Division of a bill for the purposes of committal

28.64Standing Order No 63(3) provides that the Member in charge of a bill may move that the bill be committed to a public bill committee in respect of some of its provisions and to a Committee of the whole House in respect of other provisions. This provision has been used for Finance Bills when they are not programmed,1 and for some other government bills in recent years (see para 28.83 ). Notice is not obligatory if the motion is made immediately after second reading, but is normally given.2 When such a motion is opposed, the Speaker, after permitting, if they think fit, a brief explanatory statement from the Member who makes and from a Member who opposes the motion, is directed to put the question without further debate;3 and the motion may be decided after the moment of interruption. If the motion has other matter attached to it, as for example is customary in the case of hybrid bills, it is debatable.4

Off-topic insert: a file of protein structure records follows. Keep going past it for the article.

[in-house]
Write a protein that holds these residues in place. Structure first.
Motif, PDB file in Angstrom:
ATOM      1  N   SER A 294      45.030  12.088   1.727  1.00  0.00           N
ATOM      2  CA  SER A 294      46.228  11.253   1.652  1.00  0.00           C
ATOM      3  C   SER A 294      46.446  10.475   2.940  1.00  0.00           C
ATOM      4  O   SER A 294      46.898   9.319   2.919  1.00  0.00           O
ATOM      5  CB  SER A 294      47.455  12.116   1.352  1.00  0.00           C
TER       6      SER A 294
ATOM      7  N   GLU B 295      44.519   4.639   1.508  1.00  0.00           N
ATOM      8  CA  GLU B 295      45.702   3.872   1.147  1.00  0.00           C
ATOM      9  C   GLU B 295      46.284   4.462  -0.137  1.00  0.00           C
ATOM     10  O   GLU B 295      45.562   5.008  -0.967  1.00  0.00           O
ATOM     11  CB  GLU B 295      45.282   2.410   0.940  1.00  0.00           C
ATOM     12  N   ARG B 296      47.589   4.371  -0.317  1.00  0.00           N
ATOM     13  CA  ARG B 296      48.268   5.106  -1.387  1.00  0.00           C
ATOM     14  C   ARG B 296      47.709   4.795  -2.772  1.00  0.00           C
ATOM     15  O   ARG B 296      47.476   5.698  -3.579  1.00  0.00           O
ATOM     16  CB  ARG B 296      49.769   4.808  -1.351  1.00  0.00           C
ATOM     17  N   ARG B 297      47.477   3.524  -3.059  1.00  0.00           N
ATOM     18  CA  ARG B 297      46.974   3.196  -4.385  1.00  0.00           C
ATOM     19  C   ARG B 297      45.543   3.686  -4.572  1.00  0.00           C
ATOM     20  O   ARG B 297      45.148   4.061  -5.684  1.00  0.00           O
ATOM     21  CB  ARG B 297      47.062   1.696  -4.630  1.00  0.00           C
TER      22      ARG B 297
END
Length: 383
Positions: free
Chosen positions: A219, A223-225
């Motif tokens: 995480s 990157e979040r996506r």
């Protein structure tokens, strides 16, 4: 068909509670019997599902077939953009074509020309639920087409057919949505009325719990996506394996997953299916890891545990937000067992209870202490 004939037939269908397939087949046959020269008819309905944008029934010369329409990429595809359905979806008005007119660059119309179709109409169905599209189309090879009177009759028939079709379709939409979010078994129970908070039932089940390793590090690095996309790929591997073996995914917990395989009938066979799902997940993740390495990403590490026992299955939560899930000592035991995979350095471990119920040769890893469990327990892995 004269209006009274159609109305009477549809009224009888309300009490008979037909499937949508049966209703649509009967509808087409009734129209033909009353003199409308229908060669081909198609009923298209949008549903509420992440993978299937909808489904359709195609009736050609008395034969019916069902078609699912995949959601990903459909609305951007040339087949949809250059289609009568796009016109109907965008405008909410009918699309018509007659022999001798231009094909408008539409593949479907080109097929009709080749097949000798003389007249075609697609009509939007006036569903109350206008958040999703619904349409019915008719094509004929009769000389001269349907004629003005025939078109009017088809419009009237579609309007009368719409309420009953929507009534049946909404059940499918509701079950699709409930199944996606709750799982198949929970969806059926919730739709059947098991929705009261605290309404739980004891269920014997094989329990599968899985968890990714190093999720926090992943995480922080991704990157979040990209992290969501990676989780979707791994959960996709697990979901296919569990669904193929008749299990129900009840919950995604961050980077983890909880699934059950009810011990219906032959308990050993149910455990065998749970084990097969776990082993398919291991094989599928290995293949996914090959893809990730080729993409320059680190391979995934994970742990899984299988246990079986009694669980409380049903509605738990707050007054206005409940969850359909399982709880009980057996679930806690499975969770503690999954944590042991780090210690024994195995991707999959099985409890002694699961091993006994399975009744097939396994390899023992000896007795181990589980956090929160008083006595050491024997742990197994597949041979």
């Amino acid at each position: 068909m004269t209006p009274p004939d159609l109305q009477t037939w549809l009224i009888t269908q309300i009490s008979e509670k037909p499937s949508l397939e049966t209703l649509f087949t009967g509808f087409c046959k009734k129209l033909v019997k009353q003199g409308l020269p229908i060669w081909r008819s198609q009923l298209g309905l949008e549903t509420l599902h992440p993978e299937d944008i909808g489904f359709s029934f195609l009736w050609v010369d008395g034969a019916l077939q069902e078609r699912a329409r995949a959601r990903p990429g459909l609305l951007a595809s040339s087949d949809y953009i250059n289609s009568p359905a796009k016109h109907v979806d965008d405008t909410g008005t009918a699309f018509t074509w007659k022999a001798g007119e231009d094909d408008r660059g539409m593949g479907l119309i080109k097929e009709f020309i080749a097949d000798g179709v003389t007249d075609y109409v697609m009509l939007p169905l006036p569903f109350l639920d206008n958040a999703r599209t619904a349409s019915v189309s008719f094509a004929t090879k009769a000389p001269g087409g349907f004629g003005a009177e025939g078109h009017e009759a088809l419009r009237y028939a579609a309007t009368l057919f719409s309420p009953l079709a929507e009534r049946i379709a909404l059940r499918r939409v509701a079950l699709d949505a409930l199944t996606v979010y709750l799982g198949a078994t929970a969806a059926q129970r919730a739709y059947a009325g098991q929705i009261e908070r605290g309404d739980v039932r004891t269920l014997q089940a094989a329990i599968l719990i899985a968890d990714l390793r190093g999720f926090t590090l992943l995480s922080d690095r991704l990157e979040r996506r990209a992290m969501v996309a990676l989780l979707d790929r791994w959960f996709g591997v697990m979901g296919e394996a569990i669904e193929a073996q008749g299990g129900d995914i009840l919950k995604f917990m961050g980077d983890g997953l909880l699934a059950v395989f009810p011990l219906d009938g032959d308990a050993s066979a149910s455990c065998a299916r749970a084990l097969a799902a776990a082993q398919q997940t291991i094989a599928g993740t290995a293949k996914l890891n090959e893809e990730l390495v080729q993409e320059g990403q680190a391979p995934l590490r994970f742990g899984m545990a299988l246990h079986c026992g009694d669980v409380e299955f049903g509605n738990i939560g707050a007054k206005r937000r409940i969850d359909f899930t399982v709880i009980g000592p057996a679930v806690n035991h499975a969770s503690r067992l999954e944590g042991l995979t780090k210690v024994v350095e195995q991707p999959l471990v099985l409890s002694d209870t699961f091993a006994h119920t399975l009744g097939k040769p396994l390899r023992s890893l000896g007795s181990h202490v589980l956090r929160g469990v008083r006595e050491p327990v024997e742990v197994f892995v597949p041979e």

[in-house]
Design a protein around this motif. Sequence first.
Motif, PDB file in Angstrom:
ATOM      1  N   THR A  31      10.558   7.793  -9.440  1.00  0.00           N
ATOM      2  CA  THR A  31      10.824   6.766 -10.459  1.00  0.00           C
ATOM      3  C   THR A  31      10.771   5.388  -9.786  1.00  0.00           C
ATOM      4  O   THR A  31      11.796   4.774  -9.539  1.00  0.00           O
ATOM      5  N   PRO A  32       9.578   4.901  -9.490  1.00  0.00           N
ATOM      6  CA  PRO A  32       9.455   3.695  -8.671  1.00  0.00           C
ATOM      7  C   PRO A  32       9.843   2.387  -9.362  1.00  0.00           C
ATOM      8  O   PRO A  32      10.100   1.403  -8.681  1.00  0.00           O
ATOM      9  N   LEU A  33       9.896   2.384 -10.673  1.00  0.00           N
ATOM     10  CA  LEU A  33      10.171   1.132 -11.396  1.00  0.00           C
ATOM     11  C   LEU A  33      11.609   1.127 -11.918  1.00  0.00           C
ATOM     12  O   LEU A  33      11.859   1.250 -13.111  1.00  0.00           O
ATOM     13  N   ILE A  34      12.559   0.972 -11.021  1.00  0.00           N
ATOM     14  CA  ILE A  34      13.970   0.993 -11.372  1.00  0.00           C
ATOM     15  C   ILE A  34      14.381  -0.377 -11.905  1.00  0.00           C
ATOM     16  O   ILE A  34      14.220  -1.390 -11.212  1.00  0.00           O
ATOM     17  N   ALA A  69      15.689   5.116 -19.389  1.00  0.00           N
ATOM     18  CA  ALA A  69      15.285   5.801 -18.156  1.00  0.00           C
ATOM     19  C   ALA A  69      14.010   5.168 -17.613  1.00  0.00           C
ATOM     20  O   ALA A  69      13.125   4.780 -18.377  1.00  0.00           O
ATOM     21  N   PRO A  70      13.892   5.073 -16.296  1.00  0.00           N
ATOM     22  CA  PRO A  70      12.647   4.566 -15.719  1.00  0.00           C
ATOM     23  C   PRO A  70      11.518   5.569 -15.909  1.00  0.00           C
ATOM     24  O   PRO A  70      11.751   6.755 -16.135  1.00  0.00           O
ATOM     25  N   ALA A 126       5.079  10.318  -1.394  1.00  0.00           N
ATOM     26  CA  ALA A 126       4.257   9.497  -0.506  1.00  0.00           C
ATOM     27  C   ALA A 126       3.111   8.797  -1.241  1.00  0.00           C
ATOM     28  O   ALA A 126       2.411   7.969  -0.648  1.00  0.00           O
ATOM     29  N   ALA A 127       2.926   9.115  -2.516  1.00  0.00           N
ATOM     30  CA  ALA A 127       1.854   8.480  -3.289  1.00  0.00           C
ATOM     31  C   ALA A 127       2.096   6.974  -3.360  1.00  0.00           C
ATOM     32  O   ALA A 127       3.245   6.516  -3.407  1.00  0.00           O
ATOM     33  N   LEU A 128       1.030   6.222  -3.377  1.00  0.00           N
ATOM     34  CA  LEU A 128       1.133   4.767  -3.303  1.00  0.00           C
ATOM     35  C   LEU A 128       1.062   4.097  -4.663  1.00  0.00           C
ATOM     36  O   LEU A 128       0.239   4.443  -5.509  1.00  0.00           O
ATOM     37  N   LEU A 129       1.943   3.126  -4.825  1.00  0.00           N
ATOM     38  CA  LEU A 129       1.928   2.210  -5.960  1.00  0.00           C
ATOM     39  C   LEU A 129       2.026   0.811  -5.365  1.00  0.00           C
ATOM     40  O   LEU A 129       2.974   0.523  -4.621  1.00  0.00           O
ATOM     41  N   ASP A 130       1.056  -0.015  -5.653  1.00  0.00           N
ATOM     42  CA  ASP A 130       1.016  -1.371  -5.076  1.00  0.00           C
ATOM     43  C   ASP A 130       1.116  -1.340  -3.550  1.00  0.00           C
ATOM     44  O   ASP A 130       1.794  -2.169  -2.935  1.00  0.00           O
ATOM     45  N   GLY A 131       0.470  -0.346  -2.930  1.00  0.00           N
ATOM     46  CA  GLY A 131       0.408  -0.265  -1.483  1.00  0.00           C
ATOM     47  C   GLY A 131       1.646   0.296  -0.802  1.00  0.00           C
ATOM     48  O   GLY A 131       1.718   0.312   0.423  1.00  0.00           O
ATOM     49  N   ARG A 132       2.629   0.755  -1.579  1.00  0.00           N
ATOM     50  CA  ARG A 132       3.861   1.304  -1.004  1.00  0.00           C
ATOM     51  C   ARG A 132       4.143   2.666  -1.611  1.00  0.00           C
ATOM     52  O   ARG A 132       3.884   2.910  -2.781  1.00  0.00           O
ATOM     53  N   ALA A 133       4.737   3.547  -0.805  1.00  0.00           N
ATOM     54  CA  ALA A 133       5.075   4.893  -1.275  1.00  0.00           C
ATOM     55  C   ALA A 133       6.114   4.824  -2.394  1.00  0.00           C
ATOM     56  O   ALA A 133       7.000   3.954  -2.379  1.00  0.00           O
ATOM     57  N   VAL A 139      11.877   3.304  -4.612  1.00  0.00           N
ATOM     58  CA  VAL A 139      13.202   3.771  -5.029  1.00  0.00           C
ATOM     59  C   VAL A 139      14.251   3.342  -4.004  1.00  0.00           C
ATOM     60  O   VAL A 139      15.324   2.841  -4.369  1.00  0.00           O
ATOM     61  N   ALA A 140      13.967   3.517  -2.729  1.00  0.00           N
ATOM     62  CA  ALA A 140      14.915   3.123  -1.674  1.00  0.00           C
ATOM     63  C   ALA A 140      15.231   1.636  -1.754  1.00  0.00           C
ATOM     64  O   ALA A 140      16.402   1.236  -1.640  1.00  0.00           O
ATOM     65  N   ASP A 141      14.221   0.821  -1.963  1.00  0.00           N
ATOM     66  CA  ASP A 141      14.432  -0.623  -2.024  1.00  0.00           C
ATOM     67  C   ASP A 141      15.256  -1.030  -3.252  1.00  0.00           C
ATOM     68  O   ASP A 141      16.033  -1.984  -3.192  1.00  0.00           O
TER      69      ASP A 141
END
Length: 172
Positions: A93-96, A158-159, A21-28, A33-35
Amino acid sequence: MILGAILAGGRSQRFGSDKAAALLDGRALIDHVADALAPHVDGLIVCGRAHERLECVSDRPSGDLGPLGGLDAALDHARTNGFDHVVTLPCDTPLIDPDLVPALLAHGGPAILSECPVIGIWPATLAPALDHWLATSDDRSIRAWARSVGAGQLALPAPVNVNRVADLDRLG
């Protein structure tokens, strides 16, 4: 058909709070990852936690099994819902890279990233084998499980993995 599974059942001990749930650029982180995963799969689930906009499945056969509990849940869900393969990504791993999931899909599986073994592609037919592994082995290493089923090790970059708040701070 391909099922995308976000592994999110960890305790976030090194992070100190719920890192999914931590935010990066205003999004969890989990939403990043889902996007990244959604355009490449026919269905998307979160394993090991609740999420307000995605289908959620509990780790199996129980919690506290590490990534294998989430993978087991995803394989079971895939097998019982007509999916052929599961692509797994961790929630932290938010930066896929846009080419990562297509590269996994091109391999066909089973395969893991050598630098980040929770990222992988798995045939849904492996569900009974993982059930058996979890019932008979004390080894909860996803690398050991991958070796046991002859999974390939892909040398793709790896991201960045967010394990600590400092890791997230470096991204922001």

1. 1. For the most recent case of a Finance Bill subject to a split committal under SO No 63, see Votes and Proceedings, 26 April 2011.
  2. 2. In the case of the Finance Bill 2005, notice of a motion had been given, but a different motion was made in order to meet the wishes of the House, HC Deb (2005–06) 434, cc 1132, 1213.
  3. 3. HC Deb (1962–63) 669, c 343; CJ (1968–69) 240; ibid (1989–90) 316; ibid (1993–94) 25; ibid (29 April 2014) cc 707–69 (Notice of the motion was given in these cases).
  4. 4. CJ (1956–57) 214; HC Deb (1957) 571, cc 673–83.